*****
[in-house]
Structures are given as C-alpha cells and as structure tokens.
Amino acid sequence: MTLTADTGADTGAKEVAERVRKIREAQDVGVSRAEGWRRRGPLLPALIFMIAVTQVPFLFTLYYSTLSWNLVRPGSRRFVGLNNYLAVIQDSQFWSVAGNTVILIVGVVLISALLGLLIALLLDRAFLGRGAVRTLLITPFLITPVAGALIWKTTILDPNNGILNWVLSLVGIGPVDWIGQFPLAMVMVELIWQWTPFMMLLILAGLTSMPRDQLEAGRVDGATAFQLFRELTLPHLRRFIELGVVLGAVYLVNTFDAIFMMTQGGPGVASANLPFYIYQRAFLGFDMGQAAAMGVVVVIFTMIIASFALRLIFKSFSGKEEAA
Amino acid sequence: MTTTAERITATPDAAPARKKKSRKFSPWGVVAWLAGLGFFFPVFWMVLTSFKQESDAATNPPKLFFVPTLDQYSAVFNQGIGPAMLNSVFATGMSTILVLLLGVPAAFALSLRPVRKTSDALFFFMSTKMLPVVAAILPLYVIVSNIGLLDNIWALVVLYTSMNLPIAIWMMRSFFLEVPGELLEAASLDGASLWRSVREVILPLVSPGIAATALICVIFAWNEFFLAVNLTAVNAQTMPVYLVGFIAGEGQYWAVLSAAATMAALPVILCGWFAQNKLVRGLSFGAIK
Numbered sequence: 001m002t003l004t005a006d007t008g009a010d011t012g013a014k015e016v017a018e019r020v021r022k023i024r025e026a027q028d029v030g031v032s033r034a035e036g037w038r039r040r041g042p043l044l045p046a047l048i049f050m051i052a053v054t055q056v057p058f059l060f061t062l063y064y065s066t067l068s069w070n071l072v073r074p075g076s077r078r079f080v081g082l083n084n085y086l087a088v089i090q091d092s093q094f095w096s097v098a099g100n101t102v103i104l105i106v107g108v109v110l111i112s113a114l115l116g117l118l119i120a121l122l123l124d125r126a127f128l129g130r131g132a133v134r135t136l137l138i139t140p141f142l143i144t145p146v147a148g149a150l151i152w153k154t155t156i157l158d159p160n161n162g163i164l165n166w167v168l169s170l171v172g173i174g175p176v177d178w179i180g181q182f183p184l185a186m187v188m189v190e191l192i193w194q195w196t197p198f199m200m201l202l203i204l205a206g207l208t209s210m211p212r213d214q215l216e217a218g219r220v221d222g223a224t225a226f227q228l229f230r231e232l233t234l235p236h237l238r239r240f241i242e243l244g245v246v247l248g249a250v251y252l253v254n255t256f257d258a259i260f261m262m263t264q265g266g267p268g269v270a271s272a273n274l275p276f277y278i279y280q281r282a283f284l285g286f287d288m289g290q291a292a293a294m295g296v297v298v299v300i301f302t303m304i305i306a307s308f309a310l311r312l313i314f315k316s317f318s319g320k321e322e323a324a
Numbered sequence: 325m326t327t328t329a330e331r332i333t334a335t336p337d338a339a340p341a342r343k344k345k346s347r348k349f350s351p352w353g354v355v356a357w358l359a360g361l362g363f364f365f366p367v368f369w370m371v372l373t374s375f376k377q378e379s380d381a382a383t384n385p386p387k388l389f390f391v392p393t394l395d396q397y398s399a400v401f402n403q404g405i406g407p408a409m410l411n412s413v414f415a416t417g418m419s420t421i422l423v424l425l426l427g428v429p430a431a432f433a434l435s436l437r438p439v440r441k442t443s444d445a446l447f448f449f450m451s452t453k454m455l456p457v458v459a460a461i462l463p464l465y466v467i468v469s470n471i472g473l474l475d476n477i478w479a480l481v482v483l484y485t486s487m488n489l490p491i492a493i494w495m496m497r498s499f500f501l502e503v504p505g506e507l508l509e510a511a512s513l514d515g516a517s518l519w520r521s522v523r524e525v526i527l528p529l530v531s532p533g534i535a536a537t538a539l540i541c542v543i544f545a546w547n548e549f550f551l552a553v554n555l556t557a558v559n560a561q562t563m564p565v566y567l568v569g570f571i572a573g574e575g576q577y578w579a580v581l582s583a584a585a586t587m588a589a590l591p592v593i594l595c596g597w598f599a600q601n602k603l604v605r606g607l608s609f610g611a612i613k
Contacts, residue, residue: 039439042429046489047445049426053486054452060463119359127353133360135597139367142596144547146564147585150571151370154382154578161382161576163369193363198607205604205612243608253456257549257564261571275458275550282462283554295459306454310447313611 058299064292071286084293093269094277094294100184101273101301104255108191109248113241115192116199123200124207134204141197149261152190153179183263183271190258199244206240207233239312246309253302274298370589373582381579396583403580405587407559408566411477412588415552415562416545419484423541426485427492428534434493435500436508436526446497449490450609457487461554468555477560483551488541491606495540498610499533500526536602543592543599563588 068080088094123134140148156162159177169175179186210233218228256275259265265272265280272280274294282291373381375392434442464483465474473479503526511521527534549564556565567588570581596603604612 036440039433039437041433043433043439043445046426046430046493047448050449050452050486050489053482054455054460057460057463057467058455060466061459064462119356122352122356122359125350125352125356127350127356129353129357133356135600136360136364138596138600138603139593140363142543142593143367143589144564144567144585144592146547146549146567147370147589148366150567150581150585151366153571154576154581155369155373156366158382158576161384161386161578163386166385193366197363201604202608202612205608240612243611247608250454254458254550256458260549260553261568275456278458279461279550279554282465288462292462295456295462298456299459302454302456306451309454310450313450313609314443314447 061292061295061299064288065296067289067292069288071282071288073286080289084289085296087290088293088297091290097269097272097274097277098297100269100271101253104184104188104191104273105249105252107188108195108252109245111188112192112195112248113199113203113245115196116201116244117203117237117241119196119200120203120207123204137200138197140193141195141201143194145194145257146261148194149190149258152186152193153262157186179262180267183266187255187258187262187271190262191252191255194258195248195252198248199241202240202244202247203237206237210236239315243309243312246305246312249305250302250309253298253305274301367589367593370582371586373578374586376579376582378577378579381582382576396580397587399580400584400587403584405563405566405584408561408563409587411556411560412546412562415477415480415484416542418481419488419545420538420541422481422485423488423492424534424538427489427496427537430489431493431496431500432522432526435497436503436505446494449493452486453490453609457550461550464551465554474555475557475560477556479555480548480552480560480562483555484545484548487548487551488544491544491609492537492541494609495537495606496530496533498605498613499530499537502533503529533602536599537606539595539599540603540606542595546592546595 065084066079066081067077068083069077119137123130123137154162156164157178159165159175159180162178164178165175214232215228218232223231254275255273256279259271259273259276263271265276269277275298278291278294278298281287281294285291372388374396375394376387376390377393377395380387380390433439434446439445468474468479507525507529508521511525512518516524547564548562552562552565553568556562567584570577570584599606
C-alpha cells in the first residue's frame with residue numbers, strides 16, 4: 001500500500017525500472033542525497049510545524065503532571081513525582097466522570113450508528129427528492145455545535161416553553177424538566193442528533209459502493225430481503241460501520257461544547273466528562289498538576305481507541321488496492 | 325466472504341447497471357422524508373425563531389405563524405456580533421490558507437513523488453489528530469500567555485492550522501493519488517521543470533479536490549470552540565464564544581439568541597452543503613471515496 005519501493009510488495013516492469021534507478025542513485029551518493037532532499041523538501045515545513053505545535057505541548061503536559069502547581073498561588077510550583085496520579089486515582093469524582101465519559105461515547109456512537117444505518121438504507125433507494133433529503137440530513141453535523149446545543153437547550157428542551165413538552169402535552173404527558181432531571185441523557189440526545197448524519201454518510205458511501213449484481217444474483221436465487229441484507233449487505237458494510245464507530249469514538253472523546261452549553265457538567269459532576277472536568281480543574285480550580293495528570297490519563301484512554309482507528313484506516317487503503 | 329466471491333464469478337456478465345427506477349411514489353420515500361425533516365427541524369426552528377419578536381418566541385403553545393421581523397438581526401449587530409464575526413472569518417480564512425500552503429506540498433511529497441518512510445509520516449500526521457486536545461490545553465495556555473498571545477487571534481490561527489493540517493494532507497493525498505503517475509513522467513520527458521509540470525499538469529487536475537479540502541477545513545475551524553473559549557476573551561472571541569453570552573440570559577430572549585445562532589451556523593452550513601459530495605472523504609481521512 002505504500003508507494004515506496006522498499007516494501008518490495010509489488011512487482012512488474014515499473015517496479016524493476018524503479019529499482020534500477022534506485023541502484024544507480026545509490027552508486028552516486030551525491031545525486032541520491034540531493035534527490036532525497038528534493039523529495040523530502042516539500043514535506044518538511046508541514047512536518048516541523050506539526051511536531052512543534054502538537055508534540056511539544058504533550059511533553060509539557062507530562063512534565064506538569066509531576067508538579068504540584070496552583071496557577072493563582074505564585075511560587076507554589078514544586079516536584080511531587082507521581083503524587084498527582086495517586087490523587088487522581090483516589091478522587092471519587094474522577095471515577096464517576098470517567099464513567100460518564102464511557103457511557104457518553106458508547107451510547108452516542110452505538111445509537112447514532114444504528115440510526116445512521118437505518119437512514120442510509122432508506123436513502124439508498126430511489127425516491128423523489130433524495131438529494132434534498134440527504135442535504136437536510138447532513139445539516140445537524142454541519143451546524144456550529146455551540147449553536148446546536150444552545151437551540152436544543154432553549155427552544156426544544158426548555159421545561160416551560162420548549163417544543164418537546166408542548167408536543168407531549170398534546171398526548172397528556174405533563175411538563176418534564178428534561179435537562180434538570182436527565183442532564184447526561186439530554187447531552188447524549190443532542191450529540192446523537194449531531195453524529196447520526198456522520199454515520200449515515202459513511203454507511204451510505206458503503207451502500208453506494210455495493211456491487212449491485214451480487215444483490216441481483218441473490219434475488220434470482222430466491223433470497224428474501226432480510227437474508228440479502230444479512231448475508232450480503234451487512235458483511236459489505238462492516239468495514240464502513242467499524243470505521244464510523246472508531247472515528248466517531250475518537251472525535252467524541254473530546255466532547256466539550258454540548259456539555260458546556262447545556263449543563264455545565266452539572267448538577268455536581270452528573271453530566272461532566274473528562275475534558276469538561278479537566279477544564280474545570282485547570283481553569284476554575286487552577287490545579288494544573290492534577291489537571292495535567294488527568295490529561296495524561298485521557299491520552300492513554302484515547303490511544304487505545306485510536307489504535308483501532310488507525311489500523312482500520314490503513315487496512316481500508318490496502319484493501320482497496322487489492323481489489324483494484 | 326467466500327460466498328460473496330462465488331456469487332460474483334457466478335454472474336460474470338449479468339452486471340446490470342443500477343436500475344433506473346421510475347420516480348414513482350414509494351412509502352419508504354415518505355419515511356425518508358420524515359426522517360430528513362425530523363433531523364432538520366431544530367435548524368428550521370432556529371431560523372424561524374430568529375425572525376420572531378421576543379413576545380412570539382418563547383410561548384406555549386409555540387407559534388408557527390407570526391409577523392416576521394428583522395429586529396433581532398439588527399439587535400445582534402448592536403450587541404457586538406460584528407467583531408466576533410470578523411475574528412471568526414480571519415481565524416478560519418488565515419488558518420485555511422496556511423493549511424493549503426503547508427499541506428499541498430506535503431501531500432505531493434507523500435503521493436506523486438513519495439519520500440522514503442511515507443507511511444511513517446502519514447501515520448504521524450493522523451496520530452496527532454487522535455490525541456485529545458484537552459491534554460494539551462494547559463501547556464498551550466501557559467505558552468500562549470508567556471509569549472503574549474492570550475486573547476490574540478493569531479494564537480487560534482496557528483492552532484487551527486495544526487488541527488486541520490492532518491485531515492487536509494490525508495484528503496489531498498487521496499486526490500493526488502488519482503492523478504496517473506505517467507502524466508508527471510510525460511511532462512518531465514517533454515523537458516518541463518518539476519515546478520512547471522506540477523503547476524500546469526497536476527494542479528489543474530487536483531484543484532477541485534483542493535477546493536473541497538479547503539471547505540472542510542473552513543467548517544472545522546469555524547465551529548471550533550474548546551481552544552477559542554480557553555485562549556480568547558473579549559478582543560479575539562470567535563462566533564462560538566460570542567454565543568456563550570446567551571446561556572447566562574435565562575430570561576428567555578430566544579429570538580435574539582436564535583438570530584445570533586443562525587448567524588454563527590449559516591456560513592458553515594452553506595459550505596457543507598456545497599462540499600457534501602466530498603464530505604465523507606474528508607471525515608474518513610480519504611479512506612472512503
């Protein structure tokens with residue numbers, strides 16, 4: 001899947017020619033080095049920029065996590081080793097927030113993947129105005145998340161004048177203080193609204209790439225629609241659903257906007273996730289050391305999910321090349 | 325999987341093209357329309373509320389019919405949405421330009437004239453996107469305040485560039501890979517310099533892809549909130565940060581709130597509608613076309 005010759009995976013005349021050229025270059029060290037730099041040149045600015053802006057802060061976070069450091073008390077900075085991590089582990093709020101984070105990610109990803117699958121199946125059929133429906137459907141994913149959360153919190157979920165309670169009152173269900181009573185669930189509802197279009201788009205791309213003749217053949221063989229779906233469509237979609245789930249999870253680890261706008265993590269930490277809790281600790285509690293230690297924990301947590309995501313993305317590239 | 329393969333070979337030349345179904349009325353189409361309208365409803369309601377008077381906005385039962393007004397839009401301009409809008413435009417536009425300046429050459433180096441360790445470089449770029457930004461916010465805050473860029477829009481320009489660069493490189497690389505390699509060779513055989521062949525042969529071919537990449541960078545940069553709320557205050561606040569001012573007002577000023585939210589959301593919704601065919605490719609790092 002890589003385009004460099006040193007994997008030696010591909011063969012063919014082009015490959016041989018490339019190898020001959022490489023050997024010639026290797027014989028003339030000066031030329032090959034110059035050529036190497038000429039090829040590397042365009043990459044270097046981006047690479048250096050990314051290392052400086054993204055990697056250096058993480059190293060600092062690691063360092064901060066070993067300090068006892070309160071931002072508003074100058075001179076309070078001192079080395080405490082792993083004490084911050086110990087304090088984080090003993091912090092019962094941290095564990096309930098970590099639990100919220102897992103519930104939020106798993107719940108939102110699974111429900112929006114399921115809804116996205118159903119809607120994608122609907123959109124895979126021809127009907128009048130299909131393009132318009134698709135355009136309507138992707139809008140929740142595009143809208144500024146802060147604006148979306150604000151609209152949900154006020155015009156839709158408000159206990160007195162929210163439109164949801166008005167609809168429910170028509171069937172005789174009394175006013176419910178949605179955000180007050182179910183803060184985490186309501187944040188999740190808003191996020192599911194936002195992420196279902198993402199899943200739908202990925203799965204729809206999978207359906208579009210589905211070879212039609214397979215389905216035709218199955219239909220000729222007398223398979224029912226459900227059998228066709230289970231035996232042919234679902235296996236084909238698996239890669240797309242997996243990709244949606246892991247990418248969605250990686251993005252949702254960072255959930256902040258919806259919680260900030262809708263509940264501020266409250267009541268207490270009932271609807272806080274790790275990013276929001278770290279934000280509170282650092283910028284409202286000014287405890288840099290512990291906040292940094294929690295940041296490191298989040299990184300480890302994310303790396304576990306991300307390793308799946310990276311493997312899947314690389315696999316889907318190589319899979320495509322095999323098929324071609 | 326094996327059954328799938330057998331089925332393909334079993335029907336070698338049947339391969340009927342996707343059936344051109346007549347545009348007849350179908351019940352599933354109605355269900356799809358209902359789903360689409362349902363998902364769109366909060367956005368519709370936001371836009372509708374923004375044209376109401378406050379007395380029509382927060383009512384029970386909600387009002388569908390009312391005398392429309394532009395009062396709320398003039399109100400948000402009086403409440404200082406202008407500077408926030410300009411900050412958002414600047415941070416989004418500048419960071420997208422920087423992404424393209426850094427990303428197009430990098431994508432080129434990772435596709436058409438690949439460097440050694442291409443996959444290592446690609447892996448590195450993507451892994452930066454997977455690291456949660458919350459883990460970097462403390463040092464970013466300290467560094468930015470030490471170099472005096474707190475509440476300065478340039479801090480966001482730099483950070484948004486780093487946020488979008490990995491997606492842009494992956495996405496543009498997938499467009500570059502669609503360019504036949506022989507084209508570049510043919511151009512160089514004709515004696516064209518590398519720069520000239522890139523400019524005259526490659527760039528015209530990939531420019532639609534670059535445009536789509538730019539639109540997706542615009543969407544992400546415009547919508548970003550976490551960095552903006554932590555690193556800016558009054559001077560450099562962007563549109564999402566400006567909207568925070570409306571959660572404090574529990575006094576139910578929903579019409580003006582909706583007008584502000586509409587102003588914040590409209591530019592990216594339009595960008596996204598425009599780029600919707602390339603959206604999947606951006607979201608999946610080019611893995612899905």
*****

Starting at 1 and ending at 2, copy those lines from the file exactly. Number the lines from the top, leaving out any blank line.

[in-house]
Structures are given as C-alpha cells and as structure tokens.